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Topic: Premises/themes for the presentation of the CnB
Message: Posted by: yin_howe (Feb 24, 2011 11:49PM)
I'm trying to move away from the descriptive patter for the presentation of the CnB (I take this ball, put it in my hand and it vanishes.. blah blah...)

I highly doubt I'm the only one that have thought about this and guess this may have been covered before, I have tried searching the Café but there doesn't seem to be much on the topic..

What I'm trying to go for is something like Suzanne's presentation CnB at the Magic Castle, Kent Gunn's "Fun Shop", and Ricky Jay's History lesson, which a story/theme to package the presentation. I've also read somewhere on the Café (Although I can't seem to find the thread now) that the CnB was used to illustrate inventory management.

What other stories/premises can be used for the presentation of the cups and balls? 3 little Pigs? 3 wise men?

Thanks in advance.
Message: Posted by: RevJohn (Feb 25, 2011 12:06AM)
Bill Malone's Routine is good for inspiration (or at least the routine he does. I believe someone else created it, but I could be wrong).

Spiritual Applications for Tarbell 1 has an attempt at a Gospel presentation.

David Regal's routine on the Cups and Balls and Cups and Balls tells a story.

I have used in the past something based on the 3 little pigs.

I am sure there are many more.

RevJohn
Message: Posted by: Bill Palmer (Feb 25, 2011 01:59AM)
There is Rafael Benatar's routine that he calls the e-mail cups and balls routine.

The Rub-A-Dub routine is not Bill Malone's. It's Jim Bateman's.

I published one in MUM, called The Cups and Balls Done by Death -- just the premise.

Punx published a routine that was about how Bartolomeo Bosco survived the Crimean War by playing dead and picking the pockets of the Russian soldier that searched his body.

Johnny Thompson does a wonderful routine where he impersonates several classic cups and balls performers.
Message: Posted by: yin_howe (Feb 25, 2011 03:01AM)
[quote]
On 2011-02-25 02:59, Bill Palmer wrote:

I published one in MUM, called The Cups and Balls Done by Death -- just the premise.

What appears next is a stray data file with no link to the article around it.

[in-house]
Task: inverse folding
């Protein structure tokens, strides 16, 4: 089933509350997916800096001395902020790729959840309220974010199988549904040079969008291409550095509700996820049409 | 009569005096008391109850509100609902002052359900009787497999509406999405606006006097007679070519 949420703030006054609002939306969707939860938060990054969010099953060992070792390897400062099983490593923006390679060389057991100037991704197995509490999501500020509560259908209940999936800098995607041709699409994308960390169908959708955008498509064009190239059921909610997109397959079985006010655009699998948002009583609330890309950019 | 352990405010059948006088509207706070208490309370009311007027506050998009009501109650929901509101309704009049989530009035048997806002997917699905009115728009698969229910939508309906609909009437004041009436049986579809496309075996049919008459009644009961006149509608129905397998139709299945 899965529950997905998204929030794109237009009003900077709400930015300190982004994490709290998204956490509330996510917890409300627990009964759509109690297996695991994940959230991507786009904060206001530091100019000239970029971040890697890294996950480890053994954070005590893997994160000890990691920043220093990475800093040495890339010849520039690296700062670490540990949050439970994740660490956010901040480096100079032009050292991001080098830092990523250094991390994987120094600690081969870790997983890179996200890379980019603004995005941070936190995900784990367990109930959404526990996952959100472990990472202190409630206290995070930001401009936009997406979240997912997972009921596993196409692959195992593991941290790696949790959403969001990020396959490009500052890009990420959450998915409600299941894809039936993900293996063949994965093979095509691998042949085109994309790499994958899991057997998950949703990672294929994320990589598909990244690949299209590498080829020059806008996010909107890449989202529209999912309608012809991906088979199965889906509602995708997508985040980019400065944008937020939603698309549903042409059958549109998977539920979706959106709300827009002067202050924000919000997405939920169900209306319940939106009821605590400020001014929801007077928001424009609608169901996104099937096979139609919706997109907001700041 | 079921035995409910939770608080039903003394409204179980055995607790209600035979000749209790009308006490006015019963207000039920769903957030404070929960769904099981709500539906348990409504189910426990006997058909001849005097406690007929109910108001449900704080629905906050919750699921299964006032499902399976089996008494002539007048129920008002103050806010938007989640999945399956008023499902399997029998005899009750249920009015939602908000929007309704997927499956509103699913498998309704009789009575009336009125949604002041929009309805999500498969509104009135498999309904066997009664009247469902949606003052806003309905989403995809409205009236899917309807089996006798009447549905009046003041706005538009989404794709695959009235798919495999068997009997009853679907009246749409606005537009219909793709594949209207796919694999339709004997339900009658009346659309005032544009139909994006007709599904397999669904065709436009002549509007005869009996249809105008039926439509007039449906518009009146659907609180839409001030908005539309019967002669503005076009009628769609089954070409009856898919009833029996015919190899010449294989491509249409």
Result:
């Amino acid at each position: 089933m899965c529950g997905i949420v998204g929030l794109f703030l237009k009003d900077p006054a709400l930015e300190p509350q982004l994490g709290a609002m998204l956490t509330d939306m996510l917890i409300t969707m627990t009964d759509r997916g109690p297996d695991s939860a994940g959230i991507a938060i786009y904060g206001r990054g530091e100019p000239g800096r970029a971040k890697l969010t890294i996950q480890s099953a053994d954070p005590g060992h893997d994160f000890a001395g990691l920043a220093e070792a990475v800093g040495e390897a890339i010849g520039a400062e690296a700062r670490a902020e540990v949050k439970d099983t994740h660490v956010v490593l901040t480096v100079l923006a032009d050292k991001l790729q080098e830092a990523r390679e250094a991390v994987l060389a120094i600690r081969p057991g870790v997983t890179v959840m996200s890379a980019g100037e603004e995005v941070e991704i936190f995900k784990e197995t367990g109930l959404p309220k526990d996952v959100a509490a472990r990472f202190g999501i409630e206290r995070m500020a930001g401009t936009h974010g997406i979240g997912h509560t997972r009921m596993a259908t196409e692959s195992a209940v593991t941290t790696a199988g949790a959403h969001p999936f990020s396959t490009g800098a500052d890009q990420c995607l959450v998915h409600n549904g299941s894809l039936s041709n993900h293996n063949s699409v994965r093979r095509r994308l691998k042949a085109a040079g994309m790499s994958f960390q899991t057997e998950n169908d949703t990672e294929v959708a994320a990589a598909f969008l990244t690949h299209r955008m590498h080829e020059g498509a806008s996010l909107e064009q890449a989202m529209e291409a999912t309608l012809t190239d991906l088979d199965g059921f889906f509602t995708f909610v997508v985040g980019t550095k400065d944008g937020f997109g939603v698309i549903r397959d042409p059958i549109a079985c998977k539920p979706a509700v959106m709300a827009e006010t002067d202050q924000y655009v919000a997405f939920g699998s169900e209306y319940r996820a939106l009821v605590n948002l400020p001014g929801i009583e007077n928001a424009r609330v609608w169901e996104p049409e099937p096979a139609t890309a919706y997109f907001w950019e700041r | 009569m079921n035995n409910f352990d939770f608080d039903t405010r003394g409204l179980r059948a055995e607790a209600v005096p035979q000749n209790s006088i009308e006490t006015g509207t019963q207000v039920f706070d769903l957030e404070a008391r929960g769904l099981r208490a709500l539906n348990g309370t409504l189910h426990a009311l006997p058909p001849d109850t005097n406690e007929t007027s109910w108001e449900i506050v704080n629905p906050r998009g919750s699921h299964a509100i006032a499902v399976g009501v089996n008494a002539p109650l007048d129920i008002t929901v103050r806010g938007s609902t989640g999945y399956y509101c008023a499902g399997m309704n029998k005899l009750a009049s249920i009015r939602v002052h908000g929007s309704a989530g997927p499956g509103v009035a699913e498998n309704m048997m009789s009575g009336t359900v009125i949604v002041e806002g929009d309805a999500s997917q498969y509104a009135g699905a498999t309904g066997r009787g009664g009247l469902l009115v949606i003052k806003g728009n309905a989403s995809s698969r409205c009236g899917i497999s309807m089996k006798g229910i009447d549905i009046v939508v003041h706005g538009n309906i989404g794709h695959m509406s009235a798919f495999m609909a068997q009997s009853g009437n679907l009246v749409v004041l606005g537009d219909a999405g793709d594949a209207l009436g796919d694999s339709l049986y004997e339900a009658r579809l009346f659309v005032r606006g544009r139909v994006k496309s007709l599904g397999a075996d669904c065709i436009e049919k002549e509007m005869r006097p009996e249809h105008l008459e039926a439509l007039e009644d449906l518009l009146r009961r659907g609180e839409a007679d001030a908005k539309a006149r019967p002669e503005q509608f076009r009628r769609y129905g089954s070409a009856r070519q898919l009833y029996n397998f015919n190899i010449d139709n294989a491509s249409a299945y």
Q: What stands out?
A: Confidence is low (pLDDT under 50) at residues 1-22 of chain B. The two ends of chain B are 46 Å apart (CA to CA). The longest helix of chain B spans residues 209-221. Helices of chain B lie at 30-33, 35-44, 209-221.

[/quote]

Mr Palmer,

This sounds like an interesting premise. As I am in Malaysia and veyr unlikely that I'll find a copy of MUM here.
Is it possible for you to share this with me?
Message: Posted by: Bill Palmer (Feb 25, 2011 03:46AM)
It wasn't a complete routine, by any means, just a presentational idea.

I'll see if I can find the original digital copy.

I don't even remember when it appeared in MUM
Message: Posted by: yin_howe (Feb 25, 2011 05:02AM)
Found this old thread too
http://www.themagiccafe.com/forums/viewtopic.php?topic=26213&forum=106&21&start=0#20
Message: Posted by: panlives (Feb 25, 2011 07:13AM)
[quote]
On 2011-02-25 02:59, Bill Palmer wrote:
There is Rafael Benatar's routine that he calls the e-mail cups and balls routine.

The Rub-A-Dub routine is not Bill Malone's. It's Jim Bateman's.

I published one in MUM, called The Cups and Balls Done by Death -- just the premise.

Punx published a routine that was about how Bartolomeo Bosco survived the Crimean War by playing dead and picking the pockets of the Russian soldier that searched his body.

Johnny Thompson does a wonderful routine where he impersonates several classic cups and balls performers.
[/quote]

Hi Bill,

Is the Punx routine in English?

with thanks,
Message: Posted by: Bill Palmer (Feb 25, 2011 09:01AM)
I did a summary of it somewhere a while back. I'll see if I can find it. It was very non-specific.
Message: Posted by: yin_howe (Feb 26, 2011 09:30AM)
Judging from the replies, I guess most are still performing to the patter of "now what I am gonna do is take this ball and put it in my left hand...."
Message: Posted by: conjurormatt (Feb 26, 2011 09:56AM)
R. Shane has a cups routine with an interesting story about the assassination of a pharaoh. It's called "The Sting", and it has a clever story with a surprise final load. You can find it on Lybrary.com
Message: Posted by: Andrew Zuber (Feb 26, 2011 01:21PM)
Mine starts off with the moves and then goes into a story where I was performing once and was heckled by a spectator - my inebriated grandmother. That's where it starts to get weird.
Message: Posted by: Pete Biro (Feb 26, 2011 01:55PM)
Dai Vernon and Fred Kaps used descriptive talk (I hate the word "patter") and it was just fine. It depends on your style and how you say it.

For an example of descriptive talk, with asides, go to http://www.petebiro.com and click on pete on tv, and scroll down to Vernon Cups and Balls. The "asides" comments are what make the routine.
Message: Posted by: HerbLarry (Feb 26, 2011 03:47PM)
[quote]
On 2011-02-26 10:56, conjurormatt wrote:
R. Shane has a cups routine with an interesting story about the assassination of a pharaoh. It's called "The Sting", and it has a clever story with a surprise final load. You can find it on Lybrary.com
[/quote]

One can use the basic idea behind "Sting" and come up with some cool things too.
Message: Posted by: conjurormatt (Feb 27, 2011 03:09PM)
Agreed!